In August of this year, the Turks adopted a series of important political reforms dealing with human rights, the exercise of justice and respect for minorities. The reforms abolished the death penalty, strengthened judicial appeal procedures, and gave a green light to the teaching of the Kurdish language and its use in the media. These steps, which are opposed by many Turks, were taken in response to demands from the European Union.

In return, the Turks are certainly hoping that the EU leaders at the Copenhagen summit will commit themselves to a date for the opening of membership negotiations with Turkey. If the Turks obtain satisfaction on a date, they could forget their strong objections to the entry of Cyprus into the European Union.

This is the bargain that the government in Ankara was implicitly proposing to the European Union before the November 3 elections. The bargain no doubt has the approval of the military, without which nothing important gets done in Ankara. The European Union, however, finds itself extremely embarrassed by the proposal. The Europeans realize that it will be increasingly difficult for them to continue the policies of smoke and mirrors and evasion that they have practiced toward Turkey virtually ever since the beginnings of European integration.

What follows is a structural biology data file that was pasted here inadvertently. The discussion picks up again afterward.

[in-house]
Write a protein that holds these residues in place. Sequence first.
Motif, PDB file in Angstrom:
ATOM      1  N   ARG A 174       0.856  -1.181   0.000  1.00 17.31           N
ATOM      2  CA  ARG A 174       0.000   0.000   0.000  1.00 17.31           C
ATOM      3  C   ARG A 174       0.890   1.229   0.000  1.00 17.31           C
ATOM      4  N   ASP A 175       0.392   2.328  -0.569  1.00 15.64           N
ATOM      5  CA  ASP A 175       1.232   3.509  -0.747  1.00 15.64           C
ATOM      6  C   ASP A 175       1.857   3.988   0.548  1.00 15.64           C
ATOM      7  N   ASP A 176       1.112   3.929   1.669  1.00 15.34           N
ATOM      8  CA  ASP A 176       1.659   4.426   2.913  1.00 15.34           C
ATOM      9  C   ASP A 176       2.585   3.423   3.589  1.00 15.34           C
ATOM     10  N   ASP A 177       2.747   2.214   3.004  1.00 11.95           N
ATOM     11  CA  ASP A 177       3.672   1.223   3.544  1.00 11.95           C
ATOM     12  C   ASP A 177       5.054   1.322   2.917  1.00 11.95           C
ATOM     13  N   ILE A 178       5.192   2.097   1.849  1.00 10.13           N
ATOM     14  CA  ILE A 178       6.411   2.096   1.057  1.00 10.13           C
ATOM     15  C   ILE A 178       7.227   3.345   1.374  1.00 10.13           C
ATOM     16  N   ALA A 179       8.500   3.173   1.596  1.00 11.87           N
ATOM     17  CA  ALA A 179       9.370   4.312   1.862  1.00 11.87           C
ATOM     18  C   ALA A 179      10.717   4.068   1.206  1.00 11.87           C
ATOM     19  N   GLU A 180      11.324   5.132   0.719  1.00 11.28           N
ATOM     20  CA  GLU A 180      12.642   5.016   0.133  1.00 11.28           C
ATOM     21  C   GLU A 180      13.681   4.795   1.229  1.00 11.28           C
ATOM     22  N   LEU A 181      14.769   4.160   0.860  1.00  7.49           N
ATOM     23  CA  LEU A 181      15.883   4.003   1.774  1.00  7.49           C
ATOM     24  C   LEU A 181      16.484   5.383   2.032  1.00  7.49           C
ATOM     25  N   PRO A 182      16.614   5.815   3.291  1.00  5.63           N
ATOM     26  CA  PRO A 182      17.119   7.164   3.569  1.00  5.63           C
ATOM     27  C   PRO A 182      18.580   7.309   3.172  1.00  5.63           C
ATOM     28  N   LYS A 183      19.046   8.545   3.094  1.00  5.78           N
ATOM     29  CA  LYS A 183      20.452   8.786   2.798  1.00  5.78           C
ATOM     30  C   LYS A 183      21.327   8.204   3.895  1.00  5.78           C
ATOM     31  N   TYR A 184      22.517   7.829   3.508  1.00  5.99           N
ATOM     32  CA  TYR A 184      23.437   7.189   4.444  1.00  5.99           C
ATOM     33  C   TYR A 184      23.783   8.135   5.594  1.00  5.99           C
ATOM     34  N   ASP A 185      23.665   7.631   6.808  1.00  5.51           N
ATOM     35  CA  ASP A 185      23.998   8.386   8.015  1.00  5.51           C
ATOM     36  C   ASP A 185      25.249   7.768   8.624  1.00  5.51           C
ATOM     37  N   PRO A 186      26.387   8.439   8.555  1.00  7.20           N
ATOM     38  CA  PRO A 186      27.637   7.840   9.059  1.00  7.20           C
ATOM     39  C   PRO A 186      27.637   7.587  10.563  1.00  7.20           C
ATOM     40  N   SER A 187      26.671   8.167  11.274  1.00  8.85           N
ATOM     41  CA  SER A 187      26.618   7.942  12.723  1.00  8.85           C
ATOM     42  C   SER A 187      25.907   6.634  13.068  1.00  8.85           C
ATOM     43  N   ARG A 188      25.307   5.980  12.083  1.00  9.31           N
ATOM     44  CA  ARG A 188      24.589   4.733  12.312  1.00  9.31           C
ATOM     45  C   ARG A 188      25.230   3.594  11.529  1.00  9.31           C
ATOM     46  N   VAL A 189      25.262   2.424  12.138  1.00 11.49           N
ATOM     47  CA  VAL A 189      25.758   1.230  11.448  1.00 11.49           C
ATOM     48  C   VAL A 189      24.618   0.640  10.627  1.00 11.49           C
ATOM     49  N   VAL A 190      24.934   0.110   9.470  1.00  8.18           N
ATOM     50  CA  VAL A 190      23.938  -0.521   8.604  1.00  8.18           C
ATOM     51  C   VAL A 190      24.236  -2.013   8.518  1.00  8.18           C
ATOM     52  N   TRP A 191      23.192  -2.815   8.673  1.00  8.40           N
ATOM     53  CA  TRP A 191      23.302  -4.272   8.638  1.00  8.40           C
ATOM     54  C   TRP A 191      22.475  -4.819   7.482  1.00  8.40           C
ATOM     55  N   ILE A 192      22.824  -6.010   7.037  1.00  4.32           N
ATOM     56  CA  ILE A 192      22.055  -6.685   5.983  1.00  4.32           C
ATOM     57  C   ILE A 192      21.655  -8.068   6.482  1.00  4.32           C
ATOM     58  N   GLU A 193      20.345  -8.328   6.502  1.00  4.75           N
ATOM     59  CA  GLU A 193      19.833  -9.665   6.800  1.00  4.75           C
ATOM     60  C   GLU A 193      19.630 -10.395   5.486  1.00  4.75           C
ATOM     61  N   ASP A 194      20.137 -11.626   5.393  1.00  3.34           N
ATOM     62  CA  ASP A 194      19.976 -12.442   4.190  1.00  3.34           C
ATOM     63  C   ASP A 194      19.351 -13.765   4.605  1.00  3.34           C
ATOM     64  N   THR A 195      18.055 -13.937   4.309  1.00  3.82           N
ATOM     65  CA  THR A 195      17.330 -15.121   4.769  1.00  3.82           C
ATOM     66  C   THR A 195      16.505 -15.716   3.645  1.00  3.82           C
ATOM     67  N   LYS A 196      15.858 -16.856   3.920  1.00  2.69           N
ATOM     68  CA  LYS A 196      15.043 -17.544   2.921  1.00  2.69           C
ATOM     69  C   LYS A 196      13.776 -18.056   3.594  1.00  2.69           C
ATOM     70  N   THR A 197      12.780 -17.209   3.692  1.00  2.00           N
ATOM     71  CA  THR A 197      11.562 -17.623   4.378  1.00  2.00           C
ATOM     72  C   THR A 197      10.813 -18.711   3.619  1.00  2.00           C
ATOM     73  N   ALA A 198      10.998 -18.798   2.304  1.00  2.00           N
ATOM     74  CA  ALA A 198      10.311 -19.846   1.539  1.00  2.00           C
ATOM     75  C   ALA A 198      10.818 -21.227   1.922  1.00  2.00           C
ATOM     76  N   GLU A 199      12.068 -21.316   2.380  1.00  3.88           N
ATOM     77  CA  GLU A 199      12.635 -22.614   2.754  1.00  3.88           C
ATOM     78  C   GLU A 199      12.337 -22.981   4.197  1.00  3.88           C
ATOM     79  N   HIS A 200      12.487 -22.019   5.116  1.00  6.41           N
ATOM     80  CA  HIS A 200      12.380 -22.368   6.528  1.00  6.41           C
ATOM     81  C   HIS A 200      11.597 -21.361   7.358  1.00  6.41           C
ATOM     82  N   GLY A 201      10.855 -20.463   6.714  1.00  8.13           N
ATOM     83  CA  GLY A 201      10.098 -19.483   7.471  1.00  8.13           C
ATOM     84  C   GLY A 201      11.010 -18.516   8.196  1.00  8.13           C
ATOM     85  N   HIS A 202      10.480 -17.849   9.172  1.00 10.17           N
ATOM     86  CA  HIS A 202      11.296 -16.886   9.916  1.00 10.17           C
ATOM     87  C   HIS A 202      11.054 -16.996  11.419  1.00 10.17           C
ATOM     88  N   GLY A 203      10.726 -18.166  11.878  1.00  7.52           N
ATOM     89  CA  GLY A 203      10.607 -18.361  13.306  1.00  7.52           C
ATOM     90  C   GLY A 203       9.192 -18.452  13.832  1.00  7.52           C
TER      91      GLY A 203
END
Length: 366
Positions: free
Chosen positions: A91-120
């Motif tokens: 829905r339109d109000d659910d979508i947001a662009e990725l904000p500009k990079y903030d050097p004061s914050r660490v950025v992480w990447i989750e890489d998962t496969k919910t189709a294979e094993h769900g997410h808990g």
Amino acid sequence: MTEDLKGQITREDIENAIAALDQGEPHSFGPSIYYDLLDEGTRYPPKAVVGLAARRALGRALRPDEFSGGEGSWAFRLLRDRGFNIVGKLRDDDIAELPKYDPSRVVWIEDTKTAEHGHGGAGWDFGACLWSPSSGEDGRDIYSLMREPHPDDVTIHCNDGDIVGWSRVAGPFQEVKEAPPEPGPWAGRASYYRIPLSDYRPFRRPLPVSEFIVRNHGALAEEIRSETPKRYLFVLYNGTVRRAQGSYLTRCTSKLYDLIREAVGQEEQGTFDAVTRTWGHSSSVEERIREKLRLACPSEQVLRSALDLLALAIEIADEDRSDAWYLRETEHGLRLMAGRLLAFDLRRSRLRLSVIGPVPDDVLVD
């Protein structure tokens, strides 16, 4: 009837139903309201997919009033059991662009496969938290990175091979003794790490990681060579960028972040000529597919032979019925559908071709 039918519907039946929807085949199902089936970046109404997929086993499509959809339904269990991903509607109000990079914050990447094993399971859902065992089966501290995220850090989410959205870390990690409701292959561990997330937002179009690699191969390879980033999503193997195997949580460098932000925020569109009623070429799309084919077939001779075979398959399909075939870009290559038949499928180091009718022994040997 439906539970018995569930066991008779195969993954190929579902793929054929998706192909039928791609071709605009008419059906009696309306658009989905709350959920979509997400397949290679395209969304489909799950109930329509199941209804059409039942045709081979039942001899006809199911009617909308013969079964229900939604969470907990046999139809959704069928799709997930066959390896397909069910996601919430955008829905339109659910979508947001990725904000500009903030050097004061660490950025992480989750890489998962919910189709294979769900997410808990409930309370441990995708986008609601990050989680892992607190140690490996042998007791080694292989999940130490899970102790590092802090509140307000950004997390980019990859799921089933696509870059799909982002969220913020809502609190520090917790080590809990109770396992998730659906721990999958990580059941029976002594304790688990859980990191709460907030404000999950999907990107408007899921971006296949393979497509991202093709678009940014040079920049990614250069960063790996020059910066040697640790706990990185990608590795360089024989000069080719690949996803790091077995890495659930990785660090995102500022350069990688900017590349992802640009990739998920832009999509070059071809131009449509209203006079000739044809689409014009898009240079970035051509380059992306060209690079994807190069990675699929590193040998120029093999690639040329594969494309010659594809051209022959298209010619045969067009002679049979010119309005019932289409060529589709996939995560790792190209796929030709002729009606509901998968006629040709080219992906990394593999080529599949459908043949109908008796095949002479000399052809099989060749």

On October 9, the European Commission proposed that all 10 countries in the first wave of new entrants be admitted to the European Union, including, of course, Cyprus. The negotiations with Nicosia have proceeded without major difficulties, and Cyprus entirely fulfills the economic and political criteria required for EU membership.

There was a time when some member states, such as France and the Netherlands, showed reluctance toward the idea of allowing Cyprus to join the European Union if a political solution had not been agreed by the island's Greek and Turkish communities. Barring surprises, that era seems to be past.

The EU member governments have determined, as has the UN Security Council, that in the period since 1995 the Greek Cypriot government in Nicosia has made some gestures, while the Turkish side has scarcely altered its basic position. It was in 1995 that it was decided to introduce a customs union between Turkey and the European Union, and, as a corollary, Cyprus was accepted as a candidate for membership.

The United States has made a very similar assessment. Although Washington is anxious to show consideration for its Turk ally, it is not seeking to intervene to try to delay Cyprus's entry into the European Union. It must be added that Greece would be quick to react to any wavering among the member states that might be aimed at slowing down the arrival of the Cypriots. Athens could go so far as to threaten to block the entire enlargement process.